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Science Curriculum at Geoffrey Field Junior School


The aims of our science curriculum

At Geoffrey Field Juniors, we recognise the importance of Science as a core subject and understand how its skills and enquiries help build a better understanding in a wide range of subjects, both in school and beyond. We believe science helps cultivate our children’s minds through the acquisition of knowledge, concepts, skills and positive attitudes. Throughout their time at Geoffrey Field Junior School, the children will acquire and develop the key knowledge that has been identified within each unit as well as the application and progression of the Working Scientifically skills. We want our children to be excited by science and inspired by the opportunities that the subject can give them in the future.

 Our Science curriculum aims to ensure that all children:

  • Develop scientific knowledge through the specific disciplines of biology, chemistry and physics.
  • Develop understanding of nature, processes and methods of science through different types of scientific enquiry that help them to answer scientific questions about the world around them.
  • Are equipped with the skills required to understand the uses and implications of science, today and for the future. 
  • Can build on their prior knowledge from earlier learning.

At GFJS, Science ensures we are ‘All Learning Together’ helping our children recognise how science can expand their opportunities and broaden their futures. 


Our Science Curriculum

We want our children to have a positive attitude to science and our curriculum reinforces that all children are capable of achieving high expectations.

  • Questioning is used to reinforce and assess conceptual knowledge and skills.
  • There is a planned progression of skills throughout the school. This enables the children to practise the skills learnt in different units and develop them as they build on their prior learning.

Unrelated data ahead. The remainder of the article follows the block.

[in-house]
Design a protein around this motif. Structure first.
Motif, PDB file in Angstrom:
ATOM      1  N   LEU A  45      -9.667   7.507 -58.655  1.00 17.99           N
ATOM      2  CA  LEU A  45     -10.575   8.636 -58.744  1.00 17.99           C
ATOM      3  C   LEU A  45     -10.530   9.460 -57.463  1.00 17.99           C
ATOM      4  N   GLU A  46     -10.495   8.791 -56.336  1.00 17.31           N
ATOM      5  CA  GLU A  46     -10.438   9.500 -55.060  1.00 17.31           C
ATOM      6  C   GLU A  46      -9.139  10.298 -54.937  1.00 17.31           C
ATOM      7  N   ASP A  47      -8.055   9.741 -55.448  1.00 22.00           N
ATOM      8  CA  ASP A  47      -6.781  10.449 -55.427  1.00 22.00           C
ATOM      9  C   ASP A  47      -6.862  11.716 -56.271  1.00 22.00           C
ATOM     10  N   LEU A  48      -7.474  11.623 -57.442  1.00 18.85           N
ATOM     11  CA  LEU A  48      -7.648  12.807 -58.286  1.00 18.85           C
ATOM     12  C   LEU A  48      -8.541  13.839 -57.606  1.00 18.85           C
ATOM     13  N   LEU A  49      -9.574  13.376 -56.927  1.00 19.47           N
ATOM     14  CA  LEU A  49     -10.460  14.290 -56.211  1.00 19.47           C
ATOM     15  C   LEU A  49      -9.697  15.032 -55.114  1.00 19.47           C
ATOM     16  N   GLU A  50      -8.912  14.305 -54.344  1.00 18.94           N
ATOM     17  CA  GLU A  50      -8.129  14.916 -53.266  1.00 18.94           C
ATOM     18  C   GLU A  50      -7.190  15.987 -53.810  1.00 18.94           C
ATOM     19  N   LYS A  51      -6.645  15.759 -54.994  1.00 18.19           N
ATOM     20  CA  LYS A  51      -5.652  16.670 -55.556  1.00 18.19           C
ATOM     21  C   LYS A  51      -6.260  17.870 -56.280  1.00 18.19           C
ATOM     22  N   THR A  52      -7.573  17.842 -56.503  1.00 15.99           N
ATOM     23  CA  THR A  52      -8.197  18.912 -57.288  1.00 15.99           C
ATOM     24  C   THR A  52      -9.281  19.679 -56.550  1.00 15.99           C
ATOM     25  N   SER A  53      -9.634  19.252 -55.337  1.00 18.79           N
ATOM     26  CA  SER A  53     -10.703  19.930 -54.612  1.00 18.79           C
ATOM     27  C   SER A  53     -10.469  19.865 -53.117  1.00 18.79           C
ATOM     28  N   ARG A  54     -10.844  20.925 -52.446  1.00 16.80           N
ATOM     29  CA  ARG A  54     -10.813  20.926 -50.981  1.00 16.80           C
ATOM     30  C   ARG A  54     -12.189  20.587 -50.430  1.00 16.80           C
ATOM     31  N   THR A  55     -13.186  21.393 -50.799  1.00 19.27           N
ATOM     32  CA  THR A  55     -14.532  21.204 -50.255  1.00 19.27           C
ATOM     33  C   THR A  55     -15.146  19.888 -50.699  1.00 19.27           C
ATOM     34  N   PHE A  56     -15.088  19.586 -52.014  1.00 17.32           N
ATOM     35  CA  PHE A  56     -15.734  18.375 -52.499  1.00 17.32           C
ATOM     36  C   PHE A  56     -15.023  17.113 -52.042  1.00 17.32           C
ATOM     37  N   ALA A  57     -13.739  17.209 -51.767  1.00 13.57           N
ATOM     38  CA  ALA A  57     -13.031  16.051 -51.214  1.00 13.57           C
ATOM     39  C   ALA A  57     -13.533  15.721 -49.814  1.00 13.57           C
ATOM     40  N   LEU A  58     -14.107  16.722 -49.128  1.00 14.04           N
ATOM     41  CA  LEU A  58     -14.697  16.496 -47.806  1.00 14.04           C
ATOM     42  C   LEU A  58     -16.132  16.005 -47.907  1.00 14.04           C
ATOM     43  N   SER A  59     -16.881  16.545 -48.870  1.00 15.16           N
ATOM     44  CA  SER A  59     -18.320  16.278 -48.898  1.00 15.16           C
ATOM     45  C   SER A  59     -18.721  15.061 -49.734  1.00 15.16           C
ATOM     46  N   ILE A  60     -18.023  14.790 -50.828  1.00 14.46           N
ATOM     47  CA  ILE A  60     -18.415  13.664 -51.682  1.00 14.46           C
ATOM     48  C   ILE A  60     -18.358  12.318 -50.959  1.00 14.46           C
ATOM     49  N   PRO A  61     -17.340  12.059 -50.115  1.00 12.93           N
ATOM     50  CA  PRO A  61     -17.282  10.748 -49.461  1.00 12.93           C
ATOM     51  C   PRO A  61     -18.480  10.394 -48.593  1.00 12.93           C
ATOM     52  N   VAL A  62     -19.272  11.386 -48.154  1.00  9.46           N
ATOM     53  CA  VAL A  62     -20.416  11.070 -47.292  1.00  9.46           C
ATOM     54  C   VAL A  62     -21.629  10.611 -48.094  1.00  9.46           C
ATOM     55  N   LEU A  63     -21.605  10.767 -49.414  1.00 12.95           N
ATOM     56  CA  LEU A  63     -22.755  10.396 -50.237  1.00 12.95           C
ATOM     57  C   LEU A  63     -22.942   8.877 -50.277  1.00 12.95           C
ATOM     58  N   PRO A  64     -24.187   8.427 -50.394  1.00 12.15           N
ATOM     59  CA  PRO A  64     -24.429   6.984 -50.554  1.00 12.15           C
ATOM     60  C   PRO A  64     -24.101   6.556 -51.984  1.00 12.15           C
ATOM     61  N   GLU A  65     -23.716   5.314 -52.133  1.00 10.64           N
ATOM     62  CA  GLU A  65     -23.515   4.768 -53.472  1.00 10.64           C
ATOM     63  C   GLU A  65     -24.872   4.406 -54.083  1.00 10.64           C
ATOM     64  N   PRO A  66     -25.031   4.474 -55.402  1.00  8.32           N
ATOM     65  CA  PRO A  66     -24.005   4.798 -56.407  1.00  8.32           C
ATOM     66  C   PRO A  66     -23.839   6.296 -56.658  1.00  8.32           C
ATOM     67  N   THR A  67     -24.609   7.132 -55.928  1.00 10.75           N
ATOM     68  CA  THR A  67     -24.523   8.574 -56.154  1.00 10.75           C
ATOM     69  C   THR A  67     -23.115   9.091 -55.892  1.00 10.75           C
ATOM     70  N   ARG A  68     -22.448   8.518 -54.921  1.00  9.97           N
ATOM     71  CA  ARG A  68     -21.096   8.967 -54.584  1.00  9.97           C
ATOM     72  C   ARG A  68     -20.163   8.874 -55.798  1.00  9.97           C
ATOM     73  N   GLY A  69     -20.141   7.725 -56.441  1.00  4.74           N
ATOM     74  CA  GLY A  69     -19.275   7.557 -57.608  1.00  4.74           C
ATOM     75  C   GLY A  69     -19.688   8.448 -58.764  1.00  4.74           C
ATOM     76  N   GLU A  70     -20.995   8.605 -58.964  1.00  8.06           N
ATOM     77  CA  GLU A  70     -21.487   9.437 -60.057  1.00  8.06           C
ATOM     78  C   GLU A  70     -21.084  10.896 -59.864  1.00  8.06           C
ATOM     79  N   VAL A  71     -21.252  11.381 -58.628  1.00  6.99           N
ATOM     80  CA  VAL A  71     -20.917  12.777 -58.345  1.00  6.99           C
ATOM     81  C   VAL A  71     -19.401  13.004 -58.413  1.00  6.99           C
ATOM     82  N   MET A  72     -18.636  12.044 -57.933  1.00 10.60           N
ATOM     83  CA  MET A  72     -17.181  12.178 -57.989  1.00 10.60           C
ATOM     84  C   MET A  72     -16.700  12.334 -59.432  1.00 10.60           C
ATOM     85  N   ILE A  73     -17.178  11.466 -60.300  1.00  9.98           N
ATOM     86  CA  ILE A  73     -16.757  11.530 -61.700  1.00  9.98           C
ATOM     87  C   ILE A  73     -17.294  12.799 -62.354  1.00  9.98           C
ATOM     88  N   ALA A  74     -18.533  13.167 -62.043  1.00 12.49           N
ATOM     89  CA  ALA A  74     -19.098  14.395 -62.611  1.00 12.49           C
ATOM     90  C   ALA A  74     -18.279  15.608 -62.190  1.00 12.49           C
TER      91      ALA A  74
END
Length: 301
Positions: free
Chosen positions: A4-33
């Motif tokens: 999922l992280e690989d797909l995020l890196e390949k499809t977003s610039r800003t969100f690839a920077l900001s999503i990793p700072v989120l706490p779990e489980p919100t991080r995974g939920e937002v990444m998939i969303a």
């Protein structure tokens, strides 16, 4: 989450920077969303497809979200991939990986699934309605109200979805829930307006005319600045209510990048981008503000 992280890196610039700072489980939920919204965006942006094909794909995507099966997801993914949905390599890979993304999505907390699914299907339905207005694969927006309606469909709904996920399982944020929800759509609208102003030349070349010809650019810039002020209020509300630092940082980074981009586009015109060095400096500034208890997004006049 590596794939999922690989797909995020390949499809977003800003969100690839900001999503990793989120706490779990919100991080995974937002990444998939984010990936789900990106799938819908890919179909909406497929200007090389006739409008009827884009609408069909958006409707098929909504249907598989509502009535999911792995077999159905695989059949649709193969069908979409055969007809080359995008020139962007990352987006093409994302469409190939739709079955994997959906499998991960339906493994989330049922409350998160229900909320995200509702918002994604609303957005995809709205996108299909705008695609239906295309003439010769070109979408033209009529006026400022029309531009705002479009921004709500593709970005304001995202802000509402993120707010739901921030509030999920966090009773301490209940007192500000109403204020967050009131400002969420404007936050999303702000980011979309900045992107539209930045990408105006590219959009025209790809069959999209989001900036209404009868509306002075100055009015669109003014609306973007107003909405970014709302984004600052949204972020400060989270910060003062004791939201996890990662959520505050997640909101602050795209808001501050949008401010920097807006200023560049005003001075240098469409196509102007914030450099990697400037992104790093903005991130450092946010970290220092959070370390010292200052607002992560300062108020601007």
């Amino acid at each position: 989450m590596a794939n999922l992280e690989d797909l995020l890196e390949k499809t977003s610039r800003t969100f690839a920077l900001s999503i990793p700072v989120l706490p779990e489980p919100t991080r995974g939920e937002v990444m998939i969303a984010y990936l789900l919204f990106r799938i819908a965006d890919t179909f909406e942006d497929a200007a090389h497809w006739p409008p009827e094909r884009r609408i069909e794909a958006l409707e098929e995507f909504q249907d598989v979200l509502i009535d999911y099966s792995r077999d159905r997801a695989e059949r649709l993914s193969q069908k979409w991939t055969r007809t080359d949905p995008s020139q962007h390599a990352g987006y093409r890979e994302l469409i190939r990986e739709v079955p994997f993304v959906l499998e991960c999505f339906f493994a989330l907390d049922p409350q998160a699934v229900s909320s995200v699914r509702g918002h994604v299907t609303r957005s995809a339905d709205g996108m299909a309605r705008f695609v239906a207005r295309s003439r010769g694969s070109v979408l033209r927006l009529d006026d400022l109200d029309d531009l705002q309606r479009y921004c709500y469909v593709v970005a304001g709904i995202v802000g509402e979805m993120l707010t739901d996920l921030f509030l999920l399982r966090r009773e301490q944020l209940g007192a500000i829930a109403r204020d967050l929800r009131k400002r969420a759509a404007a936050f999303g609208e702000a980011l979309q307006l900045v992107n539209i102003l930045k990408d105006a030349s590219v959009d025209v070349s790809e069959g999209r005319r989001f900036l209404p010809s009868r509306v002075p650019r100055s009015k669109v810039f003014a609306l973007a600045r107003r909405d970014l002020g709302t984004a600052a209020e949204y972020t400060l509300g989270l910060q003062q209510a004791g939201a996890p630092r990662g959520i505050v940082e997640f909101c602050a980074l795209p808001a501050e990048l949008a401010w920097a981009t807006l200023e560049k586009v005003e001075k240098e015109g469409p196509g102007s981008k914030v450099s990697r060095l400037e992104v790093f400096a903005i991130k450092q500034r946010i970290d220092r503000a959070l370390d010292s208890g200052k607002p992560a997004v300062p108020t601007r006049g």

• Through practical investigations children are encouraged to explore and problem solve to discover the answers to questions including their own.
  • As a school we promote child led investigations which ensures that children use their natural curiosity to question, explore and research scientific problems independently.  As the children’s knowledge and understanding increases, they become more proficient in selecting and using scientific equipment, collating and interpreting their results. This develops confidence in their own scientific abilities and allows them to form their own conclusions based on real evidence.


Science Units

The table below shows the units which are taught in each year group.

Scientific Skills

The progression of skills is built on those learnt in KS1 and there are small progression steps in each year group. The children have the opportunity to repeat the skills in different topics so they are learning the skills in different contexts.

The skills taught are allocated to the following categories:

  • questioning
  • observation
  • using equipment/measuring
  • planning
  • fair testing
  • predictions
  • communicating findings
  • drawing conclusions
  • vocabulary
  • research

The link below gives further details on the progression of our scientific skills.

Science Skill Progression

Localised Curriculum 

At Geoffrey Field, our localised curriculum is woven into our science curriculum, to ensure we focus on areas of importance and barriers for our pupils.

  • Personal health and well-being –  Many of our science units are linked to personal health and well-being. 
  •  Vocabulary – Two or three words are carefully chosen that are linked to the unit but can also be used in other areas. Children are explicitly taught the words and these are revisited regularly. Technical words that are specific to the unit of work are also taught at the appropriate time.
  • Oracy – Children are given the opportunity to work in groups, lead their own investigations and present their findings.
  • Understanding of the wider world – Through the units taught children will study issues which impact the wider environment and important figures in the scientific world.